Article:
The joy of X - master the Linux GUI
X controls the desktop and provides all the facilities that any graphical program – like Open Office, for instance – will use to make a window appear on screen, permit it to be moved, resized and all the other nuts and bolts.
X doesn’t impose any style on these windows; they’re all pretty plain by default. On top of X sits a piece of software called a window manager. You can have many different window managers, but only one can run at a time. The window manager effectively provides window dressing, which makes windows have a consistent style and behaviour. The window manager provides close, minimise and maximise buttons. It gives windows a metallic border, or a purple border, or a transparent background or anything else that can be imagined.
Launch any program. The content of the main window is the program itself. The title bar above it is actually drawn by the window manager, not the program. If you launched a different window manager you would still find the program still runs perfectly normally but the appearance of the title window and borders has changed.
With the advent of Linux, desktop environments have become popular. The two most well-known are GNOME and KDE. A desktop environment sits on top of both a window manager and X itself. As well as giving a standard look and feel the environments come with a collection of tools like file managers and a clock.
You might have seen some of your favourite programs under both the GNOME and KDE desktop environments and while the program performs identically there is a difference in its visual presentation. There are many excellent tutorials about GNOME and KDE online, and how they differ, including here at iTWire. However, we’re going to delve into the bottom layer and look at X and how you can harness its power.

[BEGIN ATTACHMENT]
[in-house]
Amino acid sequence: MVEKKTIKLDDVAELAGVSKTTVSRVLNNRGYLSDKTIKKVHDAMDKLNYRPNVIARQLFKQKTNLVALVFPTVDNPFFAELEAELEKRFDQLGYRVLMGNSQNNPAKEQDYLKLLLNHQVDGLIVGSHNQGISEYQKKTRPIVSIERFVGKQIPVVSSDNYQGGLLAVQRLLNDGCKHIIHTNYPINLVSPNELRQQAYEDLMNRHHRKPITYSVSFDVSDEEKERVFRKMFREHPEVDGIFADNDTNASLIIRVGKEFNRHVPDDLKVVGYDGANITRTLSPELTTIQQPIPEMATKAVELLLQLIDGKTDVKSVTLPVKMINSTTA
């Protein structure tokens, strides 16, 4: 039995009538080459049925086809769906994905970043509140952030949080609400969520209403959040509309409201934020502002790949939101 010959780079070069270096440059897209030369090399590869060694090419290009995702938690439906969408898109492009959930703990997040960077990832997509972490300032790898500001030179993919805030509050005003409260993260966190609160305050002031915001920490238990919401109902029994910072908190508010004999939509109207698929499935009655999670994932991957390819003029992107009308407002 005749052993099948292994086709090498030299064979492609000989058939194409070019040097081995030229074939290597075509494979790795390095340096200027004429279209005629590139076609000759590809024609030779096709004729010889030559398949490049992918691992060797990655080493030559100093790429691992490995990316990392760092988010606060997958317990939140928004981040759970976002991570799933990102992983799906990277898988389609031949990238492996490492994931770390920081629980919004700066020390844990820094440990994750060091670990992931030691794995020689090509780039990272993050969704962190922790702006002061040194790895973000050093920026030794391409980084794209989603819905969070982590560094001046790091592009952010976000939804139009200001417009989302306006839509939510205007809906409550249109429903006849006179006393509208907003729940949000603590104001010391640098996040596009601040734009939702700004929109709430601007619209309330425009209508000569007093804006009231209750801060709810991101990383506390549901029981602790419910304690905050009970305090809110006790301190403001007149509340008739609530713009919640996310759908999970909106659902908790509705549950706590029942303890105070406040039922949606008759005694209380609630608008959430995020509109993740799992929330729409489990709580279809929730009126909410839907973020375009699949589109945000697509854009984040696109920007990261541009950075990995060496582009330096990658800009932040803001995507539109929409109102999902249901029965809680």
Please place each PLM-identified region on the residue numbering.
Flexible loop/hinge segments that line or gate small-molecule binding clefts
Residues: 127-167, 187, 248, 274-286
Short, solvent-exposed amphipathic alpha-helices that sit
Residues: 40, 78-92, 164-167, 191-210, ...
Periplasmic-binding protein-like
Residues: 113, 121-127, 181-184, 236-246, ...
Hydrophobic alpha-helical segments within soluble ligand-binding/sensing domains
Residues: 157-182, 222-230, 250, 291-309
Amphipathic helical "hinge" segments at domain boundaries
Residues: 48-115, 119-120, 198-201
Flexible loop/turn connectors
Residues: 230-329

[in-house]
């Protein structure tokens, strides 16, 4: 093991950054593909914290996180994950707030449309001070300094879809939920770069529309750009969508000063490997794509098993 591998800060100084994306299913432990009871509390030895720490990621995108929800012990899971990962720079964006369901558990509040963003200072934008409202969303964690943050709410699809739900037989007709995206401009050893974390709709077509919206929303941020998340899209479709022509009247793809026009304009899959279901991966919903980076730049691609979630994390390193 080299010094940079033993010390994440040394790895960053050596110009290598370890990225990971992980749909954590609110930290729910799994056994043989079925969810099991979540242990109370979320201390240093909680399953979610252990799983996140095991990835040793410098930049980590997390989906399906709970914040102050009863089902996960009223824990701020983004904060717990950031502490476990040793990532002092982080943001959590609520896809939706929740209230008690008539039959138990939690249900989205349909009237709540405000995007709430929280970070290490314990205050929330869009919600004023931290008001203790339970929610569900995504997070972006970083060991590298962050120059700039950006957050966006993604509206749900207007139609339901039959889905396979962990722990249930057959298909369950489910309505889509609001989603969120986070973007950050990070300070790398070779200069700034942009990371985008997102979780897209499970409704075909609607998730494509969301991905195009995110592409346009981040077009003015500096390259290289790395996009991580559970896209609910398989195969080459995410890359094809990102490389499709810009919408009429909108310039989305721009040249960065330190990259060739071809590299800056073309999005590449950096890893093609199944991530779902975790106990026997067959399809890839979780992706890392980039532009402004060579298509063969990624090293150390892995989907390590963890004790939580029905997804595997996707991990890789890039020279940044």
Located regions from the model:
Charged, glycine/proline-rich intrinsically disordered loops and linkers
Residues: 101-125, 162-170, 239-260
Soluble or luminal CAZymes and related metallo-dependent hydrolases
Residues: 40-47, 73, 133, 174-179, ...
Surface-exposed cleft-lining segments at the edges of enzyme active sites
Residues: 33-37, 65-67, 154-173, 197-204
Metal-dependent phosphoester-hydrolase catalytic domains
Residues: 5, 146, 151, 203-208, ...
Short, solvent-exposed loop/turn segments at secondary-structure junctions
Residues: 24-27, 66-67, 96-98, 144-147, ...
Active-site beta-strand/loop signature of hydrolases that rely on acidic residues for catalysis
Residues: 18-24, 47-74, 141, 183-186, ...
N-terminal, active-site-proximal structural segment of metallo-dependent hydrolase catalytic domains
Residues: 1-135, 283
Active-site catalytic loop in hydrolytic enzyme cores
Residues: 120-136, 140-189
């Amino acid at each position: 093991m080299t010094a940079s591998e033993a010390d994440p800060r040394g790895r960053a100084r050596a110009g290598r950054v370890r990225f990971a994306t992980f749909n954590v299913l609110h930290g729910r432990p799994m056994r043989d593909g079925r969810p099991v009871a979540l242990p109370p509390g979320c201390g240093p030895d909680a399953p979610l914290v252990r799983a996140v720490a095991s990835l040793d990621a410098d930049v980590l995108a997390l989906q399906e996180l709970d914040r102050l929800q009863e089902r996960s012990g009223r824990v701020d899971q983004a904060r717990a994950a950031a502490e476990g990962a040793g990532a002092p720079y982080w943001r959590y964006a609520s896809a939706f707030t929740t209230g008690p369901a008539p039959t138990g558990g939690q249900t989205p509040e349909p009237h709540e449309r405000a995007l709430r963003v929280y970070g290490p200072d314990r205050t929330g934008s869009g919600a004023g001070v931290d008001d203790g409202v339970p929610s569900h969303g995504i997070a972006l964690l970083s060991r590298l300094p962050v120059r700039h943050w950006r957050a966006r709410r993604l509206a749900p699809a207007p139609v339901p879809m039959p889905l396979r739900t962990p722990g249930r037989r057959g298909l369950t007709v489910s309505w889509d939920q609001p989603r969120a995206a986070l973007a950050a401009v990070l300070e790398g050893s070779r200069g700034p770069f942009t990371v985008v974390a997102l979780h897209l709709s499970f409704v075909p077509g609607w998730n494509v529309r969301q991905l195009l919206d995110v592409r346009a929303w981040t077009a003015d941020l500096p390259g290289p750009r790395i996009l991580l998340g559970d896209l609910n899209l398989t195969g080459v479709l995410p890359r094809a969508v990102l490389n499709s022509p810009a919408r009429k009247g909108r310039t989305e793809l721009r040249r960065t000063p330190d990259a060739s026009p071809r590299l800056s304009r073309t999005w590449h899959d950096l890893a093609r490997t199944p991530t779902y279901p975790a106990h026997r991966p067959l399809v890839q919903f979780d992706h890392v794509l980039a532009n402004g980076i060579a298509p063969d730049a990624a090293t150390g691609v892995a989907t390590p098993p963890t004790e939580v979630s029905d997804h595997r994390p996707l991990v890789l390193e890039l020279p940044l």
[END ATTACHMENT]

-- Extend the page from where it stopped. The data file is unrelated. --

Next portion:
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David has been computing since 1984 where he instantly gravitated to the family Commodore 64. He completed a Bachelor of Computer Science degree from 1990 to 1992, commencing full-time employment as a systems analyst at the end of that year. Within two years, he returned to his alma mater, the University of Newcastle, as a UNIX systems manager. This was a crucial time for UNIX at the University with the advent of the World-Wide-Web and the decline of VMS. David moved on to a brief stint in consulting, before returning to the University as IT Manager in 1998. In 2001, he joined an international software company as Asia-Pacific troubleshooter, specialising in AIX, HP/UX, Solaris and database systems. Settling down in Newcastle, David then found niche roles delivering hard-core tech to the recruitment industry and presently is the Chief Information Officer for a national resources company where he particularly specialises in mergers and acquisitions and enterprise applications.